Over FDA objections, Trump administration says USDA can regulate GE livestock

The Trump administration, in a move sought by the hog industry, pushed through an interdepartmental memorandum before leaving office that allows the USDA to regulate food-bearing GE livestock. FDA commissioner Stephen Hahn publicly objected on Tuesday and said his agency "has no intention of abdicating our public health mandate" over animal biotechnology.

Countdown begins for compliance with GMO food-labeling rule

Four years after the thunder in Congress over labeling foods made with GMO ingredients, the deadline for compliance with the USDA labeling regulation is in sight — the end of 2021 — despite complaints that the rule is riddled with loopholes that exempt many foods.

EU dabbles in agricultural protectionism, says Perdue

European barriers to some U.S. food and ag exports — derided as "hormone beef," "chlorine chicken," and GMO "Frankenfoods" — smack of protectionism and could color already acrimonious U.S.-EU trade relations, said Agriculture Secretary Sonny Perdue during a trans-Atlantic discussion on Wednesday.

Put USDA in charge of gene-edited livestock, says hog industry

The U.S. hog industry is going to the White House in its campaign for the USDA to supplant FDA as the federal regulator of gene-edited food animals, leaders said on Tuesday. The industry says American preeminence in science and agricultural exports will suffer if gene-edited advances such as …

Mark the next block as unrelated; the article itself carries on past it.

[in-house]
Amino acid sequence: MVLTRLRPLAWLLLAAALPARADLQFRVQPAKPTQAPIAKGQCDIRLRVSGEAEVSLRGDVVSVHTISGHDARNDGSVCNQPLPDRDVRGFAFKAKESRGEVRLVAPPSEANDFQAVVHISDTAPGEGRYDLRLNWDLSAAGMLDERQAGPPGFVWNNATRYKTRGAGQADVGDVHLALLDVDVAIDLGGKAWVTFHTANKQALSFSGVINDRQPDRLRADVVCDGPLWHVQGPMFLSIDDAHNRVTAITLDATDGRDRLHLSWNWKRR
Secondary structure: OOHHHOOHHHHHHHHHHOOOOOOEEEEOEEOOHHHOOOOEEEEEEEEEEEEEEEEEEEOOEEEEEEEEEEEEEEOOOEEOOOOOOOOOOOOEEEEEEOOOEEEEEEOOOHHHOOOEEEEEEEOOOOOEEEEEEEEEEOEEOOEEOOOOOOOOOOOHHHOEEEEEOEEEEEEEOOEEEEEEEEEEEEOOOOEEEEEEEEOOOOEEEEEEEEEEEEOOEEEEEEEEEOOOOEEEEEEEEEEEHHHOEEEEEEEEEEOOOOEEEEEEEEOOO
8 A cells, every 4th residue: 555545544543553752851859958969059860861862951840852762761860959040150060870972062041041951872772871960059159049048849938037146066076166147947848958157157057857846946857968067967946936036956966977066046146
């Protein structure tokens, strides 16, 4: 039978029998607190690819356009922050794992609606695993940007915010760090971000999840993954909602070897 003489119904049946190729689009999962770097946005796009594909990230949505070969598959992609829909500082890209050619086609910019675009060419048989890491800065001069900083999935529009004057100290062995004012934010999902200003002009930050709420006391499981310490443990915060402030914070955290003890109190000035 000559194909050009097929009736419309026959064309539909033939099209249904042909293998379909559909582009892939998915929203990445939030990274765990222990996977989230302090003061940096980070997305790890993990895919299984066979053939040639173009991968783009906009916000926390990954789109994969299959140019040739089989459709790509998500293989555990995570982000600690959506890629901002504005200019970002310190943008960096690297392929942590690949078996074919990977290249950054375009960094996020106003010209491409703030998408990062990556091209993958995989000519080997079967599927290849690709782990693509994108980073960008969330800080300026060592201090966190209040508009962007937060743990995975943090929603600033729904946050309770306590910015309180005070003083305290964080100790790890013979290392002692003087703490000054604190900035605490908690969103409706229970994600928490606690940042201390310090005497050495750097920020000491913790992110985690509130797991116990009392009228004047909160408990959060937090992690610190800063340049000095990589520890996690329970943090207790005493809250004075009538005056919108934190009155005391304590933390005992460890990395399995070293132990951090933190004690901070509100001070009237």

Asian wheat buyers aren’t phased by U.S. discovery of rogue GMO wheat

Unlike earlier incidents, Asian customers for wheat grown in the U.S. Northwest did not bat an eye at the USDA announcement that GMO wheat was found growing in the wild in Washignton state. "At this point there is no trade disruption and we do not expect any," said U.S. Wheat Associates, the export promotion arm of the wheat industry, on Monday.

USDA biotech rules nearing update, says undersecretary

The USDA soon will propose a modernized regulatory framework for agricultural biotechnology, said Undersecretary Greg Ibach on Monday, the third attempt since 2008 to overhaul rules that were written at the dawn of genetic engineering. Ibach told a farm conference that he could not discuss the …

Despite tighter rules, dicamba damages 1.1 million acres of soybeans – report

University weed scientists estimate at least 1.2 percent of U.S. soybean plantings have been damaged accidentally by the weedkiller dicamba despite stricter limits on its use this year, said a University of Missouri report. Damage was highest in Illinois, the No. 1 soybean-growing state, where 500,000 acres of the U.S. total of 1.1 million damaged acres are located. Arkansas was second with 300,000 damaged acres.

Handful of GMO wheat plants found in southern Alberta

Canadian regulators are puzzled by the discovery of seven genetically modified wheat stalks in southern Alberta that contain herbicide-tolerant genes, said the Manitoba Cooperator, but they say there's no sign of GMO wheat in the country's seed or wheat supplies. No country has approved GMO wheat for commercial use. Japan suspended purchases of Canadian wheat on Friday until it is certain there are no GMOs in the grain, reported Global News.

Dicamba damage increases; retailers says it’s difficult to control

Most of the pesticide retailers who took part in an Illinois trade association poll reported damage from the weedkiller dicamba even when the weedkiller was sprayed in good conditions, says the Midwest Center for Investigative Reporting (MCIR). Separately, the University of Missouri said the herbicide was blamed for damage to 3.6 million acres of soybeans as of Oct. 15, a 16 percent increase from its Aug 10 tally.